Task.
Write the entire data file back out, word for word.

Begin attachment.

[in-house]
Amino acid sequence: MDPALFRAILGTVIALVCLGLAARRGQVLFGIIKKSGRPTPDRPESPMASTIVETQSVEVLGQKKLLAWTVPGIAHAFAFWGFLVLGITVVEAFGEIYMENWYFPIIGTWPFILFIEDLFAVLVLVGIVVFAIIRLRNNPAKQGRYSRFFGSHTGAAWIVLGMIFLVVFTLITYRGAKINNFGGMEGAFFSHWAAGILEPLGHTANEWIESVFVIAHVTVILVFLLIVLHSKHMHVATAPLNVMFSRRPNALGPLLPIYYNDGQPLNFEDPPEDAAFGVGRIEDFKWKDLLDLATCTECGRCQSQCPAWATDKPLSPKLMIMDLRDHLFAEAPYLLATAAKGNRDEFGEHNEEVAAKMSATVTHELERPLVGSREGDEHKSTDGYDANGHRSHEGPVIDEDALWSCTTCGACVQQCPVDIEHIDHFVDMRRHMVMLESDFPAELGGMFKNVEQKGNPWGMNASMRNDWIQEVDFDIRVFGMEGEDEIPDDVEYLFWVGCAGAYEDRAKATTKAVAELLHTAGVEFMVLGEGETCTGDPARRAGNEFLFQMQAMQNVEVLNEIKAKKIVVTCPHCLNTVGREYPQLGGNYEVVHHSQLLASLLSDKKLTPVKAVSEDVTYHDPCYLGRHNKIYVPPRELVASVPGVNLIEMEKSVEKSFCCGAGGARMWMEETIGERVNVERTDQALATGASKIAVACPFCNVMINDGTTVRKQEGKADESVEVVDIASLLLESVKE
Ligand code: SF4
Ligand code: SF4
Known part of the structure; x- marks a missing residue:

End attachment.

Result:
[in-house]
Amino acid sequence: MDPALFRAILGTVIALVCLGLAARRGQVLFGIIKKSGRPTPDRPESPMASTIVETQSVEVLGQKKLLAWTVPGIAHAFAFWGFLVLGITVVEAFGEIYMENWYFPIIGTWPFILFIEDLFAVLVLVGIVVFAIIRLRNNPAKQGRYSRFFGSHTGAAWIVLGMIFLVVFTLITYRGAKINNFGGMEGAFFSHWAAGILEPLGHTANEWIESVFVIAHVTVILVFLLIVLHSKHMHVATAPLNVMFSRRPNALGPLLPIYYNDGQPLNFEDPPEDAAFGVGRIEDFKWKDLLDLATCTECGRCQSQCPAWATDKPLSPKLMIMDLRDHLFAEAPYLLATAAKGNRDEFGEHNEEVAAKMSATVTHELERPLVGSREGDEHKSTDGYDANGHRSHEGPVIDEDALWSCTTCGACVQQCPVDIEHIDHFVDMRRHMVMLESDFPAELGGMFKNVEQKGNPWGMNASMRNDWIQEVDFDIRVFGMEGEDEIPDDVEYLFWVGCAGAYEDRAKATTKAVAELLHTAGVEFMVLGEGETCTGDPARRAGNEFLFQMQAMQNVEVLNEIKAKKIVVTCPHCLNTVGREYPQLGGNYEVVHHSQLLASLLSDKKLTPVKAVSEDVTYHDPCYLGRHNKIYVPPRELVASVPGVNLIEMEKSVEKSFCCGAGGARMWMEETIGERVNVERTDQALATGASKIAVACPFCNVMINDGTTVRKQEGKADESVEVVDIASLLLESVKE
Ligand code: SF4
Ligand code: SF4
Known part of the structure; x- marks a missing residue: